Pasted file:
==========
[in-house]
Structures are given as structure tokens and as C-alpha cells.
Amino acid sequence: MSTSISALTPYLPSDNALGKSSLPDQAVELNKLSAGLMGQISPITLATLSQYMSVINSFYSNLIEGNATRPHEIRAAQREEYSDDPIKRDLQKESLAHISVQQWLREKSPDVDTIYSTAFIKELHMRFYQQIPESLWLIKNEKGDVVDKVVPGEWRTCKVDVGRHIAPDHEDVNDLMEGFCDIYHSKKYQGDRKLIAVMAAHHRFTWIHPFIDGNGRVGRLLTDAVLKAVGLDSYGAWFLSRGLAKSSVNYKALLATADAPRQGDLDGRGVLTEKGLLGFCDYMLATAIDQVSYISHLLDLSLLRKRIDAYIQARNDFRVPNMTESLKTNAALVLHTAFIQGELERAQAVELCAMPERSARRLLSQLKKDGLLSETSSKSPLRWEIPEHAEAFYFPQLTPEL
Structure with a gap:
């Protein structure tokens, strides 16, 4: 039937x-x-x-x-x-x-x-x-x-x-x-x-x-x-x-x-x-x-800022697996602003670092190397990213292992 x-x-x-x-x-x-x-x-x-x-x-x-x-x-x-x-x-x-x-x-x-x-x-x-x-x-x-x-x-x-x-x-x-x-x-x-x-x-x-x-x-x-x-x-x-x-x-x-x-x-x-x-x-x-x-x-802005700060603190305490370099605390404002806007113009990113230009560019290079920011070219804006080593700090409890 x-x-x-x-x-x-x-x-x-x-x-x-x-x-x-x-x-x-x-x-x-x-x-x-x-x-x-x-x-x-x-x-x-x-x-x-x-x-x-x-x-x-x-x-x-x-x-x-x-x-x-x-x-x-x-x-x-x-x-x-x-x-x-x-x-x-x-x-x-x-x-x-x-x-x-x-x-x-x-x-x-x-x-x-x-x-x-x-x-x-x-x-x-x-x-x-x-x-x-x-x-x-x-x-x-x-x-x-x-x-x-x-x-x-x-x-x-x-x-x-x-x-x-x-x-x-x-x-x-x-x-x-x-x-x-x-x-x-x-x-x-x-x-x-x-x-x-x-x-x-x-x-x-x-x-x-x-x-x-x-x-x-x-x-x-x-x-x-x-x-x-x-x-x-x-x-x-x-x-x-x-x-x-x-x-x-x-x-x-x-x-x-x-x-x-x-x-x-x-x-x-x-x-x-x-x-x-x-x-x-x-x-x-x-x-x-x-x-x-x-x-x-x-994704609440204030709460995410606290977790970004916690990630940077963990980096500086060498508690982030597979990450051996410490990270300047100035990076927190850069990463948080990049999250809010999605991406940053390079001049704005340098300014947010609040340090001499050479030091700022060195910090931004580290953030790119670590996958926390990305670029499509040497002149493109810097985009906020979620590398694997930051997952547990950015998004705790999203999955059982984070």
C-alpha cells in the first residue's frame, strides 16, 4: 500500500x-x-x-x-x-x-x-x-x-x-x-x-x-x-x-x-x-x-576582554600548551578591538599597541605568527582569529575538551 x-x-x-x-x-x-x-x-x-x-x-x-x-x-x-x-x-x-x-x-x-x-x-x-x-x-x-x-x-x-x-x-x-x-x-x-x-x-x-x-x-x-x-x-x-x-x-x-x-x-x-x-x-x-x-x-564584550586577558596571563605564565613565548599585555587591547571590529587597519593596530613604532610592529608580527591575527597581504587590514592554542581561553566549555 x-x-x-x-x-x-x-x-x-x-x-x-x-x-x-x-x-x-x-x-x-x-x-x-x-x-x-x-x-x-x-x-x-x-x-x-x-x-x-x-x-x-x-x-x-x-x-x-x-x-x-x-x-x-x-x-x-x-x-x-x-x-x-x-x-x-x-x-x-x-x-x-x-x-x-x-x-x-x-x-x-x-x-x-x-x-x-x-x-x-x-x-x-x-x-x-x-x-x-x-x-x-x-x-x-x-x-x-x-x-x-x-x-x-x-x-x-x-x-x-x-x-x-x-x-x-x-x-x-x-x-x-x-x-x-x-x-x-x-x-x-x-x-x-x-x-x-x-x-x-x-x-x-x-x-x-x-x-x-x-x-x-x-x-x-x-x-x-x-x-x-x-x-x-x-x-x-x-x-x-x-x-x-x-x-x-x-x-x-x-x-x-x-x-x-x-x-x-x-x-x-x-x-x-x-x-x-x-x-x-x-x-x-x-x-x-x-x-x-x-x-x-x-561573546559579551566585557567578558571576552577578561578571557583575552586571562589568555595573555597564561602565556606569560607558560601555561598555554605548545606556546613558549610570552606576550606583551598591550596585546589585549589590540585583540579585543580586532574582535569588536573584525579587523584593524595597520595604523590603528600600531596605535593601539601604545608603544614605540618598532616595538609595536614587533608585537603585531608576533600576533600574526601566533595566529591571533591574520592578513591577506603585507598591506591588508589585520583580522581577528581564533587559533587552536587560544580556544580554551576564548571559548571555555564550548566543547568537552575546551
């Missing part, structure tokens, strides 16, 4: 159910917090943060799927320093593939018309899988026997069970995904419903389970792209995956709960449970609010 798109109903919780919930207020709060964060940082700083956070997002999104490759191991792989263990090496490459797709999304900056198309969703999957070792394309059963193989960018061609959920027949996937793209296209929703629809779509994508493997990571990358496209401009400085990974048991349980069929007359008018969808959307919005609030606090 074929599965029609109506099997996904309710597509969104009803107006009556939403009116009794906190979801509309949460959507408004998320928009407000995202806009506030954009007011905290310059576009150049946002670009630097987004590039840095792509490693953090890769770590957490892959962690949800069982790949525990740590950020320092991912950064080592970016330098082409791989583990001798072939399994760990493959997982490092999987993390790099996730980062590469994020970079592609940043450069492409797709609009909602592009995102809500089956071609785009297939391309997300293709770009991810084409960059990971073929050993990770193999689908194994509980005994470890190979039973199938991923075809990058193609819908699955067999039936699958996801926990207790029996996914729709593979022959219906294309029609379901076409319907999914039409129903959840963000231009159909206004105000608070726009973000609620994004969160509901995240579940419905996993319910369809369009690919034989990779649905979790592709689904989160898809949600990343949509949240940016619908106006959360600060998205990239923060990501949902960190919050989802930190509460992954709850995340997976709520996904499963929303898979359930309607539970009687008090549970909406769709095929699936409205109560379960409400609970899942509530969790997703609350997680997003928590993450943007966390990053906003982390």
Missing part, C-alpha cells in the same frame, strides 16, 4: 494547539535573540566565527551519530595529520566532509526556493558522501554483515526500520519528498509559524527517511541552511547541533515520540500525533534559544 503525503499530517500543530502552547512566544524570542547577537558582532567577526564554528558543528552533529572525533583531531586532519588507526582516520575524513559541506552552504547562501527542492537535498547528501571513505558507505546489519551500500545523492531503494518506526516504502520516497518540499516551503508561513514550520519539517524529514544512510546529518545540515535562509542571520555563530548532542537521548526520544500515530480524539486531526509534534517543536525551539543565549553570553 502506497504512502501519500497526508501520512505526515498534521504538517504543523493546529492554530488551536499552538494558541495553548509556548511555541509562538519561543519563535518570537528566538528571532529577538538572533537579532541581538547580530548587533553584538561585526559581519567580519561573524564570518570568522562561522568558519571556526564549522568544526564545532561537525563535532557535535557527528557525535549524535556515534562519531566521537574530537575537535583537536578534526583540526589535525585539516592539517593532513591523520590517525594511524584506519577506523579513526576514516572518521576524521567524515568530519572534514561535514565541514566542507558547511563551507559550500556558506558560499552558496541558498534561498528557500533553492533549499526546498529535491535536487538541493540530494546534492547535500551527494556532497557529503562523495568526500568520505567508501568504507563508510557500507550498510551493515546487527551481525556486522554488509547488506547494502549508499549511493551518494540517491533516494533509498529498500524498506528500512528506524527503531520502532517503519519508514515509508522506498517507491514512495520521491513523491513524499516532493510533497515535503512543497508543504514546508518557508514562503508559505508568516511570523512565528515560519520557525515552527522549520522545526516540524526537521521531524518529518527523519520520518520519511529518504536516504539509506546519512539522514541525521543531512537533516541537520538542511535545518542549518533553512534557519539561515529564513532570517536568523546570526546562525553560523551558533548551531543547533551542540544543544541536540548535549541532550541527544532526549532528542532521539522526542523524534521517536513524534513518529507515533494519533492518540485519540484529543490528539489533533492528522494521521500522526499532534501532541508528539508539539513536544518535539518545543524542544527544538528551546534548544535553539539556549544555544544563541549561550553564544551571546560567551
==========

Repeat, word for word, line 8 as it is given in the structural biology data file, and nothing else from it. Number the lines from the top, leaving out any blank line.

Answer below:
Missing part, C-alpha cells in the same frame, strides 16, 4: 494547539535573540566565527551519530595529520566532509526556493558522501554483515526500520519528498509559524527517511541552511547541533515520540500525533534559544 503525503499530517500543530502552547512566544524570542547577537558582532567577526564554528558543528552533529572525533583531531586532519588507526582516520575524513559541506552552504547562501527542492537535498547528501571513505558507505546489519551500500545523492531503494518506526516504502520516497518540499516551503508561513514550520519539517524529514544512510546529518545540515535562509542571520555563530548532542537521548526520544500515530480524539486531526509534534517543536525551539543565549553570553 502506497504512502501519500497526508501520512505526515498534521504538517504543523493546529492554530488551536499552538494558541495553548509556548511555541509562538519561543519563535518570537528566538528571532529577538538572533537579532541581538547580530548587533553584538561585526559581519567580519561573524564570518570568522562561522568558519571556526564549522568544526564545532561537525563535532557535535557527528557525535549524535556515534562519531566521537574530537575537535583537536578534526583540526589535525585539516592539517593532513591523520590517525594511524584506519577506523579513526576514516572518521576524521567524515568530519572534514561535514565541514566542507558547511563551507559550500556558506558560499552558496541558498534561498528557500533553492533549499526546498529535491535536487538541493540530494546534492547535500551527494556532497557529503562523495568526500568520505567508501568504507563508510557500507550498510551493515546487527551481525556486522554488509547488506547494502549508499549511493551518494540517491533516494533509498529498500524498506528500512528506524527503531520502532517503519519508514515509508522506498517507491514512495520521491513523491513524499516532493510533497515535503512543497508543504514546508518557508514562503508559505508568516511570523512565528515560519520557525515552527522549520522545526516540524526537521521531524518529518527523519520520518520519511529518504536516504539509506546519512539522514541525521543531512537533516541537520538542511535545518542549518533553512534557519539561515529564513532570517536568523546570526546562525553560523551558533548551531543547533551542540544543544541536540548535549541532550541527544532526549532528542532521539522526542523524534521517536513524534513518529507515533494519533492518540485519540484529543490528539489533533492528522494521521500522526499532534501532541508528539508539539513536544518535539518545543524542544527544538528551546534548544535553539539556549544555544544563541549561550553564544551571546560567551